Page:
It is also vital to recognize that Solidarity members, especially women and nonbinary/trans members, are statistically very likely to have directly experienced any or all of these forms of gendered violence themselves, and that educational events and political discussions can be triggering. No branch member should be put in a position to defend or explain their own lived experience as a teaching moment for other members.

It is the intent of the organization that this policy reflects a clear prohibition on psychological/emotional abuse, and that complaints regarding offenses in this category may be brought to the GVC and are to be responded to in accordance with the processes outlined below.

Additional resources on psychological/emotional abuse:

Solidarity Process and Other Processes

What is our attitude toward the criminal (in)justice system? Solidarity members share critiques of the criminal justice system, particularly with regard to its destructive impact on communities of color and working people.

Survivors may want to press legal charges against rapists and abusers. They may also, for various reasons (for example: immigration status, the role of police in communities of color, the terrible track record of the criminal justice system in dealing with rape and domestic violence, or concern for an aggressor) not want to press charges. We also recognize that there will be instances where it is not possible for the survivor to avoid calling on the police.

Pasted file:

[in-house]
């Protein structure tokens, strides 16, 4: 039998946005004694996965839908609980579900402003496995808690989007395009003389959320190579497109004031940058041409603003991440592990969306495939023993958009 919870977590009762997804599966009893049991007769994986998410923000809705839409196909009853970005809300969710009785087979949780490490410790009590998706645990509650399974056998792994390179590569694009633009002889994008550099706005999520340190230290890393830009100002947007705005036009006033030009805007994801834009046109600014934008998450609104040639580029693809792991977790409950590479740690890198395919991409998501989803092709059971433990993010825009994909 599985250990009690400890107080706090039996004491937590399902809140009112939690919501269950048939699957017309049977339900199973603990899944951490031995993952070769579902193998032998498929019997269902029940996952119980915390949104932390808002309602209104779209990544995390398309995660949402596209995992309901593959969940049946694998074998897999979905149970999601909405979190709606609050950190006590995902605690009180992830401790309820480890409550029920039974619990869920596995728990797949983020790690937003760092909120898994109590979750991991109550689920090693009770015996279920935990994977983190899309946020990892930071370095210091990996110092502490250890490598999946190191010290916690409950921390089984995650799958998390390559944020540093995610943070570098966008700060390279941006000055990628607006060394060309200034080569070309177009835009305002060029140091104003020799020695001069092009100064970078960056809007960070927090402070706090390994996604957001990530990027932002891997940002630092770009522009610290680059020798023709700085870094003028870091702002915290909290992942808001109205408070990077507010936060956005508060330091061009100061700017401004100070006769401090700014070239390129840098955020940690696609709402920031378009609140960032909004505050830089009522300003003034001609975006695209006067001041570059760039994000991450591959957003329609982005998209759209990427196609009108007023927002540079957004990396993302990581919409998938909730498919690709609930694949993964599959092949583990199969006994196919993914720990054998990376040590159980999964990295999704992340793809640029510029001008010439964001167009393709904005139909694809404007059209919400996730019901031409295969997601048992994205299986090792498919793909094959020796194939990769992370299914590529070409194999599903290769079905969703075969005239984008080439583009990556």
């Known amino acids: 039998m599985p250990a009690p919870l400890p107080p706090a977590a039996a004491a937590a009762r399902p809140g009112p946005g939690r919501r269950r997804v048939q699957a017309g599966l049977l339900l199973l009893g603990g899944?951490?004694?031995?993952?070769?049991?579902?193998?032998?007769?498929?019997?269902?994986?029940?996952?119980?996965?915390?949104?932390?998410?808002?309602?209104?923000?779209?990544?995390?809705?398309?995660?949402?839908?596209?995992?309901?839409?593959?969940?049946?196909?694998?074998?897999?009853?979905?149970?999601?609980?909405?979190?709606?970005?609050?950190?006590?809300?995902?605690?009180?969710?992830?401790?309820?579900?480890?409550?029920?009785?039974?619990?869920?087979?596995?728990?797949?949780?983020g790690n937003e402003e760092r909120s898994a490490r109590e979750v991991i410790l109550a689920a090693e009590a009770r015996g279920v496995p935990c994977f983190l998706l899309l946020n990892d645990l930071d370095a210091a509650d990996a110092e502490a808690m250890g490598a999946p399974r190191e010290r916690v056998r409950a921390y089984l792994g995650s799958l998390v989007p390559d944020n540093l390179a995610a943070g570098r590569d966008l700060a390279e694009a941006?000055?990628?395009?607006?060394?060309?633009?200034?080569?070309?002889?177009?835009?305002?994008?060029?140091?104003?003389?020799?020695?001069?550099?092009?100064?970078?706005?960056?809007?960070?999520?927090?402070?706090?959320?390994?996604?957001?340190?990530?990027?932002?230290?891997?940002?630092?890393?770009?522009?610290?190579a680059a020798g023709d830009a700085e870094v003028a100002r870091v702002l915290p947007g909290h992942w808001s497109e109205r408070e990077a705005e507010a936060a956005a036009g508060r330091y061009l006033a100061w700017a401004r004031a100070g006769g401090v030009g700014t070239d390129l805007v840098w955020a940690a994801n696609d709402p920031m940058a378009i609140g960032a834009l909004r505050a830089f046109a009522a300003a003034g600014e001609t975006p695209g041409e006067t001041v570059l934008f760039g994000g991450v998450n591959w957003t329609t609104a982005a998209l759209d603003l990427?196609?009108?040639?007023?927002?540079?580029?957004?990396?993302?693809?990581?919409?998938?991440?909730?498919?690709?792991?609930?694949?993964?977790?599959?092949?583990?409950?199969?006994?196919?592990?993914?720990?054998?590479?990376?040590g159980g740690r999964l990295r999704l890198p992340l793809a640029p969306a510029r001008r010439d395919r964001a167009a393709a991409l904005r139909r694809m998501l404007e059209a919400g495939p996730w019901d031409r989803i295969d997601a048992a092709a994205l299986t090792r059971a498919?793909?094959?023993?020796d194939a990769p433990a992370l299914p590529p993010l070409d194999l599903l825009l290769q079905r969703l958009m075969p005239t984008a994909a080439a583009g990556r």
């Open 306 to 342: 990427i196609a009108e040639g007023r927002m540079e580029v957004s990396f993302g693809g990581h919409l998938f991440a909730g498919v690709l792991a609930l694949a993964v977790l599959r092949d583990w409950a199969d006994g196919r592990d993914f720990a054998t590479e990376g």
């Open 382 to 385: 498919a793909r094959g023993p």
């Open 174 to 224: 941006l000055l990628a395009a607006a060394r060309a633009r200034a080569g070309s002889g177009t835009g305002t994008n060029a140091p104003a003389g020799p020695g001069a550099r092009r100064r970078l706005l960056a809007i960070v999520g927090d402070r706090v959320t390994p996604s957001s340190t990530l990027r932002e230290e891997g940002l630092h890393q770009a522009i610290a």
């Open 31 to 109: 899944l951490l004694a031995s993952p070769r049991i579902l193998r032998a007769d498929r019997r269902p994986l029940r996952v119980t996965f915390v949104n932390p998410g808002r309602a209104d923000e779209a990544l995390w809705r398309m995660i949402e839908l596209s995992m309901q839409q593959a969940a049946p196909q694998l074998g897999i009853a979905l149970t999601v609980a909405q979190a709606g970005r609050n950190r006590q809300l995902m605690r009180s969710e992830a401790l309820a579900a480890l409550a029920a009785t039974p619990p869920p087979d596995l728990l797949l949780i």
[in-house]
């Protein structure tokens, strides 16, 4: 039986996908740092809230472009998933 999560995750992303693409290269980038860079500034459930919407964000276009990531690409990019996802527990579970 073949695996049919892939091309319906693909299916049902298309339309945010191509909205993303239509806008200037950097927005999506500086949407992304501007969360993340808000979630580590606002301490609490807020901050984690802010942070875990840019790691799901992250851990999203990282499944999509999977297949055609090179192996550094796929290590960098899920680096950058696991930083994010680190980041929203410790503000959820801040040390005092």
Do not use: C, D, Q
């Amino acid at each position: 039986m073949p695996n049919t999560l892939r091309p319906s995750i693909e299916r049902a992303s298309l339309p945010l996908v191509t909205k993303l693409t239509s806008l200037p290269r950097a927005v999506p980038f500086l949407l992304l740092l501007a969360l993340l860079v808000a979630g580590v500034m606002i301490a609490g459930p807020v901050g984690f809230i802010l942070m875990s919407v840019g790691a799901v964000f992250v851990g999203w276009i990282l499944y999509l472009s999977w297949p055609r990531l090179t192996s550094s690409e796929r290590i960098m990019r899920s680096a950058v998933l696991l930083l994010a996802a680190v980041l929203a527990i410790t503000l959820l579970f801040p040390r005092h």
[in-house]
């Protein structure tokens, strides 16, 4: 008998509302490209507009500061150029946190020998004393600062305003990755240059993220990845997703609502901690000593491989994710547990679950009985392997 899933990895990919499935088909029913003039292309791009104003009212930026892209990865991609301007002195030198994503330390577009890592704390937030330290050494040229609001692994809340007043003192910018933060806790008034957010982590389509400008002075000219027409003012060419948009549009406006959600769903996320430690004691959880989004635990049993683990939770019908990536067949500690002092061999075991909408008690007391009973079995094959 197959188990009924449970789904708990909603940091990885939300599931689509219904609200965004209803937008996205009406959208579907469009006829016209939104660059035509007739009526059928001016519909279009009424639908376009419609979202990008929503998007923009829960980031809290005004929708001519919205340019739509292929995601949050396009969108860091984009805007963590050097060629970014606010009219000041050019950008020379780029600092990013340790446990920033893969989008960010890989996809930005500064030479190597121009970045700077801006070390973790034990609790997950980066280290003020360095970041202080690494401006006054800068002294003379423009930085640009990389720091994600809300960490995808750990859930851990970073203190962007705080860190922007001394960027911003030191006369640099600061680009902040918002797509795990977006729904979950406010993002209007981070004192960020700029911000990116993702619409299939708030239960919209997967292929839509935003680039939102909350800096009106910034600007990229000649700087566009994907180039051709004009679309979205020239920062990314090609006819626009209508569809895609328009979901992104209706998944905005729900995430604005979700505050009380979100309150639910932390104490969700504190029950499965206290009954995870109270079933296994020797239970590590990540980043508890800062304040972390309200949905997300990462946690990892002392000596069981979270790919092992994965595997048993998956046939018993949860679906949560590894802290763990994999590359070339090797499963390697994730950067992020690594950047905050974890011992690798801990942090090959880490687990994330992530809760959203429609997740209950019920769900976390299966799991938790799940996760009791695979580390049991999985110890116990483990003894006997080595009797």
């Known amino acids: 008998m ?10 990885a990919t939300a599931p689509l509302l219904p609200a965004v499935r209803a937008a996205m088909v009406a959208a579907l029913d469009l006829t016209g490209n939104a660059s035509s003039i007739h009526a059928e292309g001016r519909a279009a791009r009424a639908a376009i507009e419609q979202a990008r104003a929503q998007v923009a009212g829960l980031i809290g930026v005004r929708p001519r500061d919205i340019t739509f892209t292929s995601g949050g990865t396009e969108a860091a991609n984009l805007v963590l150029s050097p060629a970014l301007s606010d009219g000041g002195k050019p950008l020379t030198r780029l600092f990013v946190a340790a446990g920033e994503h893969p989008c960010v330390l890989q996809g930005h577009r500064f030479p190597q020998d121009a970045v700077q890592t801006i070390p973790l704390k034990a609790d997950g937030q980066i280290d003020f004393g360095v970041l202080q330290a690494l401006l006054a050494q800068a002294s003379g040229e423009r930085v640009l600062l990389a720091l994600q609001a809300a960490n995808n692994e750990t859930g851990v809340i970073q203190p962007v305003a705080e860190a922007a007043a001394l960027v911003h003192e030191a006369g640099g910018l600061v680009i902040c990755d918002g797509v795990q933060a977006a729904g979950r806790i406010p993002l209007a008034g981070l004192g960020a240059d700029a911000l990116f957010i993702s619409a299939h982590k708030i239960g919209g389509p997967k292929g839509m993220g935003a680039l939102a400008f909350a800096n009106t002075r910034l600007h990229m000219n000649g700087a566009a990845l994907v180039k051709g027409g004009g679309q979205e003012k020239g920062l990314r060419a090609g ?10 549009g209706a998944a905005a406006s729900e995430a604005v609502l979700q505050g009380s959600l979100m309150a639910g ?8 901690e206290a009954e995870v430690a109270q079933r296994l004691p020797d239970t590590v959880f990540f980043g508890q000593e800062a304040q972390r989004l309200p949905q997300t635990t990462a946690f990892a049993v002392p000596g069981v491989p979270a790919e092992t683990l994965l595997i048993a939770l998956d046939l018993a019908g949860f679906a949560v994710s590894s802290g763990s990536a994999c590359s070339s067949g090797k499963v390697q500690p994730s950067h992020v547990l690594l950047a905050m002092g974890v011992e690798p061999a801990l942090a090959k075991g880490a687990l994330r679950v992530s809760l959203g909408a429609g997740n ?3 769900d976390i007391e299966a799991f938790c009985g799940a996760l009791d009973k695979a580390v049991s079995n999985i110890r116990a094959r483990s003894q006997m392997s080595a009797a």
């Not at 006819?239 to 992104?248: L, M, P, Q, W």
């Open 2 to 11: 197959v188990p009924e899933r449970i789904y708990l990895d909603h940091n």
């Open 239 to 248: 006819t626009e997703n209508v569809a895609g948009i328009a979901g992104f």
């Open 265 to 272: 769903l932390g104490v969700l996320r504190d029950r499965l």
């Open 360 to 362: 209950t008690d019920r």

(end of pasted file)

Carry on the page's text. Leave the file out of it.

Organizationally, we take no position on whether a survivor should or should not press charges. This is a decision a survivor has the right to make, with the advice and solidarity of friends, family, loved ones, allies, and comrades, as the survivor chooses.

Sexual assault and other forms of gendered violence fundamentally take away a person’s power. It is important that the process following sexual assault restores the survivor’s agency and allows them to take responsibility for decisions like whether or not to go to the police. In addition, there is a history in the Left of discouraging survivors from going to the police. Solidarity affirms that its support for survivors is in no way contingent on whether they choose to go to the police.

Whatever the survivor’s decision, Solidarity needs an internal process for dealing with reports of gendered violence. Especially given our critique of the criminal justice system, we believe it is imperative to have an alternative process that supports survivors and holds aggressors accountable. Gendered and sexual violence is part of a continuum of sexist aggression and patriarchal behaviors which not only harm individual survivors but which can create an organizational atmosphere which isolates and devalues women, and hampers our collective political participation. When such an atmosphere goes unchallenged or tacitly supported by members and leaders in an organization, it creates a situation where women are functionally second-class citizens and the organization as a whole rightly stands to lose legitimacy in the eyes of feminist and movement activists.